Back in December last year, Oris invited us to Zermatt for a presentation of their 2019 models. And not only for a presentation, however, for a marvellous day of skiing as well. So far for our writing being totally unbiased.
While most of the models are under embargo and will be presented during Baselworld this year, one model was already introduced publicly by Oris two weeks ago. The Oris ProDiver Dive Control Limited Edition.
The thing was that Oris introduced this model a few days before the havoc of SIHH 2019 broke loose. I see a high risk of the watch being snowed under and forgotten because of that. And I don’t think that’s what it deserves. So now, after the SIHH dust has settled down a bit, here’s our hands-on review of this professional watch.
We all probably know that Oris produces divers watches for quite some time already. The current vintage-inspired Sixty-Five watch-line learns us quickly that Oris dive watches are around for way over 5 decades now. It was only in 2009 however that Oris, in cooperation with Swiss commercial diver Roman Frischknecht, entered the league of professional divers watches. The Oris ProDiver line was born.
All watches in the ProDiver series have much in common. They’re all 100 bar, equals 1.000 meters, pressure rated. All models have the patented Rotation Safety System (RSS) bezel. While for the casing is chosen for grade 2 titanium, the bezels are stainless steel with a ceramic inlay. The current collection of ProDivers comprises of GMT, Chronograph and Pointer Moon models.
The real innovation of the Oris ProDiver series was the above mentioned Rotation Safety System, or short RSS. RSS is designed to lock a watch’s diving bezel securely in place during a dive and has meanwhile become an Oris signature. It can be operated as follows.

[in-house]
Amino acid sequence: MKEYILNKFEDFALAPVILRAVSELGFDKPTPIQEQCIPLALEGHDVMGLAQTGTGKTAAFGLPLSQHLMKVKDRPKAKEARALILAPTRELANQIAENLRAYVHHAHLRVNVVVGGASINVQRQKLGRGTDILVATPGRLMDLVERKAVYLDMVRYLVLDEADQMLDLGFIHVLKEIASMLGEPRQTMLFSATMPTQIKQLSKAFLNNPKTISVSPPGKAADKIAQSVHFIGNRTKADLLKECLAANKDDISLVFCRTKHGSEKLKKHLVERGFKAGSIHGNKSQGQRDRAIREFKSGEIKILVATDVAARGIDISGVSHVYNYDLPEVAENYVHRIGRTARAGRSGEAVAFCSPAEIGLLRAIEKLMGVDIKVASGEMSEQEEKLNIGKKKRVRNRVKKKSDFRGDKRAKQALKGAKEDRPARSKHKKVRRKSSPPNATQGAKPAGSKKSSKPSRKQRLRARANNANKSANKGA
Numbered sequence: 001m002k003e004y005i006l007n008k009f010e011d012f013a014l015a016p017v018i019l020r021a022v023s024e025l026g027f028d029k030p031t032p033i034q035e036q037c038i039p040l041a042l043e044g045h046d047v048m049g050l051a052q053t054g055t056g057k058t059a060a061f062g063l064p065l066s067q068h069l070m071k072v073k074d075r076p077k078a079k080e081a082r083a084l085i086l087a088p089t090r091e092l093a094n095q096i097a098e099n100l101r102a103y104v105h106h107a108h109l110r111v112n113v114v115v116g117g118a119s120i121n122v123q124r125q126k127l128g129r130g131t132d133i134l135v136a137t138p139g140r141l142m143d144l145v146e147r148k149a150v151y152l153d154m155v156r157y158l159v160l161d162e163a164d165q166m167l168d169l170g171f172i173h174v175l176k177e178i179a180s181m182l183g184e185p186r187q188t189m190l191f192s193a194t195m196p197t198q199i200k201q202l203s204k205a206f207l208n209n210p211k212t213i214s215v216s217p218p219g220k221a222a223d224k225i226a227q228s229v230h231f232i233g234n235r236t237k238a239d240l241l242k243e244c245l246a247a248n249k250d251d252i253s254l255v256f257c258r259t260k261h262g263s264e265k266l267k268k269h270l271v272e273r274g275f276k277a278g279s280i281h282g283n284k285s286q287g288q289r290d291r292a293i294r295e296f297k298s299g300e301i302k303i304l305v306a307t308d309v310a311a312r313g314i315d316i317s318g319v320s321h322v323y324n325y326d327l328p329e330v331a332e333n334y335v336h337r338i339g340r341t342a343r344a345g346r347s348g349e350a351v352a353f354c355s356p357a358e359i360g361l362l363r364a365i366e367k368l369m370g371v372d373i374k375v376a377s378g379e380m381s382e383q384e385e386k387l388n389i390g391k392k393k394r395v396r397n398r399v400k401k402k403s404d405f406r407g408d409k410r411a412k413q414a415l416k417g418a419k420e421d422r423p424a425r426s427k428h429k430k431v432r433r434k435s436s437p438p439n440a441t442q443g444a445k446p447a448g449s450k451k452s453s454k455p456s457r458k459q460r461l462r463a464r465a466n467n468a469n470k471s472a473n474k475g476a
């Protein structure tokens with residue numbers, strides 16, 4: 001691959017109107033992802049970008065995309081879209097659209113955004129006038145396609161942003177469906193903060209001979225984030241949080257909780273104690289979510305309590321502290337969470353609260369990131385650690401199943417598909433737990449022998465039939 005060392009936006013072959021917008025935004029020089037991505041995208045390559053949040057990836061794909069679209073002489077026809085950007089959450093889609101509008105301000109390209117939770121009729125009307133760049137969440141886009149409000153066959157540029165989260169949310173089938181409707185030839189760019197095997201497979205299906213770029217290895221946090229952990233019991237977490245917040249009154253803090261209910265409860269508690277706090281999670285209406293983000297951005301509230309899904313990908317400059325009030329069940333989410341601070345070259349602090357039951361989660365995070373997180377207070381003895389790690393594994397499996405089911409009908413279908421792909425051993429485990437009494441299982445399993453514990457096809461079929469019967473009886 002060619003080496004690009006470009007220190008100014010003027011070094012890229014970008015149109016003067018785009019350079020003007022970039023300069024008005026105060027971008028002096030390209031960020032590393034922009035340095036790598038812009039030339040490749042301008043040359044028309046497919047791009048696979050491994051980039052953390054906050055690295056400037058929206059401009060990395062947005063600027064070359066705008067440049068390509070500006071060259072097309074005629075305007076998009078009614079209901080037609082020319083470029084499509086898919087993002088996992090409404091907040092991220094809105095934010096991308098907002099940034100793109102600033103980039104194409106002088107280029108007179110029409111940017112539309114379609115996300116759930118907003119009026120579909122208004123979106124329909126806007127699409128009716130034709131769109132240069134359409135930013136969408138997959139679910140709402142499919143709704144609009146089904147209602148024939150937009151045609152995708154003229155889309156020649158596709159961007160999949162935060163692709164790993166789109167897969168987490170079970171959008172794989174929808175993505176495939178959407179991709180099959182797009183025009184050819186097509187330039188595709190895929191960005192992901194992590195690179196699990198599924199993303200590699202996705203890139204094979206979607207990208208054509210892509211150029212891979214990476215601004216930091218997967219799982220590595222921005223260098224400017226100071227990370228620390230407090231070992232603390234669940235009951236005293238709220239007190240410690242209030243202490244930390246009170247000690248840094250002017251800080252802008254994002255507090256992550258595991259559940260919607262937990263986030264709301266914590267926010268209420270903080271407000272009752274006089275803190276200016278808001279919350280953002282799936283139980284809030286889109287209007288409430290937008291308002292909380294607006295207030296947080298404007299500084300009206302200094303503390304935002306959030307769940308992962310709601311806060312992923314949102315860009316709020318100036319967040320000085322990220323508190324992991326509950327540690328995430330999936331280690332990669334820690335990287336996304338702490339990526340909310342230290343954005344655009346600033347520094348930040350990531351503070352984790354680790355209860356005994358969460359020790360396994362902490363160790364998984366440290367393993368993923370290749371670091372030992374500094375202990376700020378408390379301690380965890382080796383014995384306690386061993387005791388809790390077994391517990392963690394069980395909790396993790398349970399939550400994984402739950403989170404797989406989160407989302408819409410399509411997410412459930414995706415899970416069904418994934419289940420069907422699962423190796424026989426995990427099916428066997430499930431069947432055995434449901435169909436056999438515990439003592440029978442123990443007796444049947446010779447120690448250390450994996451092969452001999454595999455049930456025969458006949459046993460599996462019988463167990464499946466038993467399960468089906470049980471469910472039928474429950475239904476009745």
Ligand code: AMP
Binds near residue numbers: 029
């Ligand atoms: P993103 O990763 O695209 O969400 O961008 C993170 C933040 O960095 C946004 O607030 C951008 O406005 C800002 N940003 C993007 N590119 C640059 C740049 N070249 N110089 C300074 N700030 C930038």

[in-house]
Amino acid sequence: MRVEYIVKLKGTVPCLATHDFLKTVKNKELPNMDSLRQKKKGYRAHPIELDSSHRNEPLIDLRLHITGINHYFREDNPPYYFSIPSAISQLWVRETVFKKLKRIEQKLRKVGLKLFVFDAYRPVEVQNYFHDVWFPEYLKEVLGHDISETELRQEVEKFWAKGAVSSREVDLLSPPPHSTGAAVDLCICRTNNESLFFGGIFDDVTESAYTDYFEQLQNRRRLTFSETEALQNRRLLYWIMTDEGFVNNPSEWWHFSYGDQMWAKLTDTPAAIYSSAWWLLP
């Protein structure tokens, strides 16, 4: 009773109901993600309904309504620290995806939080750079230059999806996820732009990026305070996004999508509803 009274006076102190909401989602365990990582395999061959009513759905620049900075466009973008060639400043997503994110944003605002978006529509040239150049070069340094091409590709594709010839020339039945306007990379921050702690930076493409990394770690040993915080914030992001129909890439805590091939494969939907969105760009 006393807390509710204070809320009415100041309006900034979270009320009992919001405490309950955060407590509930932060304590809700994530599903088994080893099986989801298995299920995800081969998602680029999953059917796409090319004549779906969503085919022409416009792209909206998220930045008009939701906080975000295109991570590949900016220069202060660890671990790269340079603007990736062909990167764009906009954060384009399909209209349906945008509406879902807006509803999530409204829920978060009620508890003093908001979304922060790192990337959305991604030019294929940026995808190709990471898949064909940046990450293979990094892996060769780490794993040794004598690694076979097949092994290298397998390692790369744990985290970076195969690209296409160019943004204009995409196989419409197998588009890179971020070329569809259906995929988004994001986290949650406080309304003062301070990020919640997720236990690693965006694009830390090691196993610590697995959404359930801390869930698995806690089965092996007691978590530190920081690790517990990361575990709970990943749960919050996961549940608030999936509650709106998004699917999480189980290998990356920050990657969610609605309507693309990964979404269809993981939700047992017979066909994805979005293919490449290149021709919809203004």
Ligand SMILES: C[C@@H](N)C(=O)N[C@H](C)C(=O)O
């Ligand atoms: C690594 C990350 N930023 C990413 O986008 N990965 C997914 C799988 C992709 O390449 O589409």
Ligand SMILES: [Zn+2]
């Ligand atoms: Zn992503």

Hold the bezel’s black vulcanized rubber edge and lift it. This will release the lock and the bezel can be rotated. When lifted, a yellow ring will appear at the lower side of the diving bezel, to show that it’s free to rotate.
With this yellow ring now visible, the top ring can be turned anti-clockwise which allows aligning the number on it that corresponds to the available dive time, with the watch’s minutes hand.
Once set correctly, push the top ring down until it clicks into position. The bezel can’t be rotated anymore now and you are ready to begin the dive.
Of all constructions we’ve seen to secure a dive bezel – think about the red knob of an Omega PloProf or the rotating flange of a Citizen ProMaster – Oris’ RSS solution certainly is one of the more suitable and easy to operate variations.
So here we are now, 10 years after the first Oris ProDiver saw the light. Oris brought this very attractive Dive Control Limited Edition. Unmistakably based on the former Oris ProDiver Chronograph, the Dive Control LE has many cool extra features.
What didn’t change was the size of the watch, the type of movement, and of course the RSS locking system. The multi-piece titanium case of the Dive Control still has a whopping diameter of 51.00 mm. Which, according to the Oris website, seems to be 2.008 inches. There’s no mention of its thickness, and I must admit I forgot to measure it as well, but it’s certainly not insignificant.